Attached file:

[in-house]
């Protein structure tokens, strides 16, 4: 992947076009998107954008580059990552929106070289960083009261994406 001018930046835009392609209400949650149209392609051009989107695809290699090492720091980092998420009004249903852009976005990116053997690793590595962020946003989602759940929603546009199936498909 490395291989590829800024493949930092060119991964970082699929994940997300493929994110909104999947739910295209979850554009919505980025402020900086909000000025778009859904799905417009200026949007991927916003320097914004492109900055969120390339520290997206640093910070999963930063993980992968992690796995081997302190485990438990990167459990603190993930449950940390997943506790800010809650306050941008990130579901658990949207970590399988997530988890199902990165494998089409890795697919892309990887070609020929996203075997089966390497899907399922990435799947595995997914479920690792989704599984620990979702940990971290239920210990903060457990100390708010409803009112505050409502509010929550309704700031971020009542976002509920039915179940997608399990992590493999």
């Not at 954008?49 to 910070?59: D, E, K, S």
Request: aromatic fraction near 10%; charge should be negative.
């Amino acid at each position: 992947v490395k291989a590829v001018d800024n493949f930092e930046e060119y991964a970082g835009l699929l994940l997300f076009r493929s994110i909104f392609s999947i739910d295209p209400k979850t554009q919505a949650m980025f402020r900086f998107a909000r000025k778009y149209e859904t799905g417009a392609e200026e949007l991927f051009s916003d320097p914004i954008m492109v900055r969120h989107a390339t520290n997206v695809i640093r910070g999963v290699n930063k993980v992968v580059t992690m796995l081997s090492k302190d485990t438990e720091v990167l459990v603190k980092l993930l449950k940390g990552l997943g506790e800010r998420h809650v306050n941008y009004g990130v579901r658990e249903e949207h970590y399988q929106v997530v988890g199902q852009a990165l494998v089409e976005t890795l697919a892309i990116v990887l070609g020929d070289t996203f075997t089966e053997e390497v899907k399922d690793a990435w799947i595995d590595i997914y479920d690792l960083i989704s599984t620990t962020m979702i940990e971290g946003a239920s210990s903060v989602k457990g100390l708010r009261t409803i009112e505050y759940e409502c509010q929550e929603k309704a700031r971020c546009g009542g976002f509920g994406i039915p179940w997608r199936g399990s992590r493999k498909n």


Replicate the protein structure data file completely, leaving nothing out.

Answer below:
[in-house]
């Protein structure tokens, strides 16, 4: 992947076009998107954008580059990552929106070289960083009261994406 001018930046835009392609209400949650149209392609051009989107695809290699090492720091980092998420009004249903852009976005990116053997690793590595962020946003989602759940929603546009199936498909 490395291989590829800024493949930092060119991964970082699929994940997300493929994110909104999947739910295209979850554009919505980025402020900086909000000025778009859904799905417009200026949007991927916003320097914004492109900055969120390339520290997206640093910070999963930063993980992968992690796995081997302190485990438990990167459990603190993930449950940390997943506790800010809650306050941008990130579901658990949207970590399988997530988890199902990165494998089409890795697919892309990887070609020929996203075997089966390497899907399922990435799947595995997914479920690792989704599984620990979702940990971290239920210990903060457990100390708010409803009112505050409502509010929550309704700031971020009542976002509920039915179940997608399990992590493999």
């Not at 954008?49 to 910070?59: D, E, K, S």
Request: aromatic fraction near 10%; charge should be negative.
């Amino acid at each position: 992947v490395k291989a590829v001018d800024n493949f930092e930046e060119y991964a970082g835009l699929l994940l997300f076009r493929s994110i909104f392609s999947i739910d295209p209400k979850t554009q919505a949650m980025f402020r900086f998107a909000r000025k778009y149209e859904t799905g417009a392609e200026e949007l991927f051009s916003d320097p914004i954008m492109v900055r969120h989107a390339t520290n997206v695809i640093r910070g999963v290699n930063k993980v992968v580059t992690m796995l081997s090492k302190d485990t438990e720091v990167l459990v603190k980092l993930l449950k940390g990552l997943g506790e800010r998420h809650v306050n941008y009004g990130v579901r658990e249903e949207h970590y399988q929106v997530v988890g199902q852009a990165l494998v089409e976005t890795l697919a892309i990116v990887l070609g020929d070289t996203f075997t089966e053997e390497v899907k399922d690793a990435w799947i595995d590595i997914y479920d690792l960083i989704s599984t620990t962020m979702i940990e971290g946003a239920s210990s903060v989602k457990g100390l708010r009261t409803i009112e505050y759940e409502c509010q929550e929603k309704a700031r971020c546009g009542g976002f509920g994406i039915p179940w997608r199936g399990s992590r493999k498909n």